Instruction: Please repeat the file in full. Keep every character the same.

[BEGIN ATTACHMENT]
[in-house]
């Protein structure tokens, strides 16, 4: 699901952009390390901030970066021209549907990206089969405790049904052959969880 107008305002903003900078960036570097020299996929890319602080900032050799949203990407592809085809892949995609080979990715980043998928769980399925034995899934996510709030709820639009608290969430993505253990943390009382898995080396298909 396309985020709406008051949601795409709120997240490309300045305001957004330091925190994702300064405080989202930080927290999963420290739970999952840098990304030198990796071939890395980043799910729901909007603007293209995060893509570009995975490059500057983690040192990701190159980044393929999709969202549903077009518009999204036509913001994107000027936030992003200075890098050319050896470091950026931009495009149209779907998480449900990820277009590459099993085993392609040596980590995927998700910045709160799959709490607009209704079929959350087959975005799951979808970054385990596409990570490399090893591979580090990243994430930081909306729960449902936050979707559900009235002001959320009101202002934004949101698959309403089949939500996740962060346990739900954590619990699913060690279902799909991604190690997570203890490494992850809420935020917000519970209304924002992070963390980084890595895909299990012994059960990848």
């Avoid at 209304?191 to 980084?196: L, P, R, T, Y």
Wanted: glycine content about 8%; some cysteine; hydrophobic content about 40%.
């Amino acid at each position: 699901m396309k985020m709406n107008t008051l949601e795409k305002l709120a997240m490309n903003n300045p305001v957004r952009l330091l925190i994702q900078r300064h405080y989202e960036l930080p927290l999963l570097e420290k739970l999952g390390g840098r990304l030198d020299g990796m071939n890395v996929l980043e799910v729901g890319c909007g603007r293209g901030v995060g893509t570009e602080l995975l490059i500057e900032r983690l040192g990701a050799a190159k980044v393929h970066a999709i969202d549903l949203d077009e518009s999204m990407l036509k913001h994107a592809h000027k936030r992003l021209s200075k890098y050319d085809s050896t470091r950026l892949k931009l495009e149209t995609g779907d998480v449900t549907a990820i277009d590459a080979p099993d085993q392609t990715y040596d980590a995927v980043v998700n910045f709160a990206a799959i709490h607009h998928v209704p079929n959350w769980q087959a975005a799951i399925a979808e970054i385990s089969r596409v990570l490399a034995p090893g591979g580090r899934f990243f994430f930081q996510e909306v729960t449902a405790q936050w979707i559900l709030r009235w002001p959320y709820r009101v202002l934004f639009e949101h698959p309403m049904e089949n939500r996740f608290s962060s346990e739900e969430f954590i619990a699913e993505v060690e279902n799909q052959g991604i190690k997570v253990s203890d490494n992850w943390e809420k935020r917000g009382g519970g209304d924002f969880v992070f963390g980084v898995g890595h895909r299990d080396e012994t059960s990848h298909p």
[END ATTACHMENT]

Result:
[in-house]
């Protein structure tokens, strides 16, 4: 699901952009390390901030970066021209549907990206089969405790049904052959969880 107008305002903003900078960036570097020299996929890319602080900032050799949203990407592809085809892949995609080979990715980043998928769980399925034995899934996510709030709820639009608290969430993505253990943390009382898995080396298909 396309985020709406008051949601795409709120997240490309300045305001957004330091925190994702300064405080989202930080927290999963420290739970999952840098990304030198990796071939890395980043799910729901909007603007293209995060893509570009995975490059500057983690040192990701190159980044393929999709969202549903077009518009999204036509913001994107000027936030992003200075890098050319050896470091950026931009495009149209779907998480449900990820277009590459099993085993392609040596980590995927998700910045709160799959709490607009209704079929959350087959975005799951979808970054385990596409990570490399090893591979580090990243994430930081909306729960449902936050979707559900009235002001959320009101202002934004949101698959309403089949939500996740962060346990739900954590619990699913060690279902799909991604190690997570203890490494992850809420935020917000519970209304924002992070963390980084890595895909299990012994059960990848």
């Avoid at 209304?191 to 980084?196: L, P, R, T, Y």
Wanted: glycine content about 8%; some cysteine; hydrophobic content about 40%.
């Amino acid at each position: 699901m396309k985020m709406n107008t008051l949601e795409k305002l709120a997240m490309n903003n300045p305001v957004r952009l330091l925190i994702q900078r300064h405080y989202e960036l930080p927290l999963l570097e420290k739970l999952g390390g840098r990304l030198d020299g990796m071939n890395v996929l980043e799910v729901g890319c909007g603007r293209g901030v995060g893509t570009e602080l995975l490059i500057e900032r983690l040192g990701a050799a190159k980044v393929h970066a999709i969202d549903l949203d077009e518009s999204m990407l036509k913001h994107a592809h000027k936030r992003l021209s200075k890098y050319d085809s050896t470091r950026l892949k931009l495009e149209t995609g779907d998480v449900t549907a990820i277009d590459a080979p099993d085993q392609t990715y040596d980590a995927v980043v998700n910045f709160a990206a799959i709490h607009h998928v209704p079929n959350w769980q087959a975005a799951i399925a979808e970054i385990s089969r596409v990570l490399a034995p090893g591979g580090r899934f990243f994430f930081q996510e909306v729960t449902a405790q936050w979707i559900l709030r009235w002001p959320y709820r009101v202002l934004f639009e949101h698959p309403m049904e089949n939500r996740f608290s962060s346990e739900e969430f954590i619990a699913e993505v060690e279902n799909q052959g991604i190690k997570v253990s203890d490494n992850w943390e809420k935020r917000g009382g519970g209304d924002f969880v992070f963390g980084v898995g890595h895909r299990d080396e012994t059960s990848h298909p």